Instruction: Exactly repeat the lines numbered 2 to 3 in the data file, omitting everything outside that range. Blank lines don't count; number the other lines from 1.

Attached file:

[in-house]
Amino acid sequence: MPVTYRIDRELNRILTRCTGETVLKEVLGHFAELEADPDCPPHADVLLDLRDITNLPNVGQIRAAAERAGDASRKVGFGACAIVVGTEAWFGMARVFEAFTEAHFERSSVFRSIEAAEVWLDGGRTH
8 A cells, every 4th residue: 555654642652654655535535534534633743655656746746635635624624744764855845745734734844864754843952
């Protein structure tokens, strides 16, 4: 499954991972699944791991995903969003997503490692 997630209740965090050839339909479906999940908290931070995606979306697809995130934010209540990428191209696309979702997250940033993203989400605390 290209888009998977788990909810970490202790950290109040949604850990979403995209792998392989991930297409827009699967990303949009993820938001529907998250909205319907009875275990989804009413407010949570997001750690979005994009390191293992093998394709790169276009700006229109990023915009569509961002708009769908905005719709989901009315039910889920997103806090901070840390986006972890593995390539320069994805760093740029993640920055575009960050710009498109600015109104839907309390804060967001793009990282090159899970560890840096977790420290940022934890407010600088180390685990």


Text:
Amino acid sequence: MPVTYRIDRELNRILTRCTGETVLKEVLGHFAELEADPDCPPHADVLLDLRDITNLPNVGQIRAAAERAGDASRKVGFGACAIVVGTEAWFGMARVFEAFTEAHFERSSVFRSIEAAEVWLDGGRTH
8 A cells, every 4th residue: 555654642652654655535535534534633743655656746746635635624624744764855845745734734844864754843952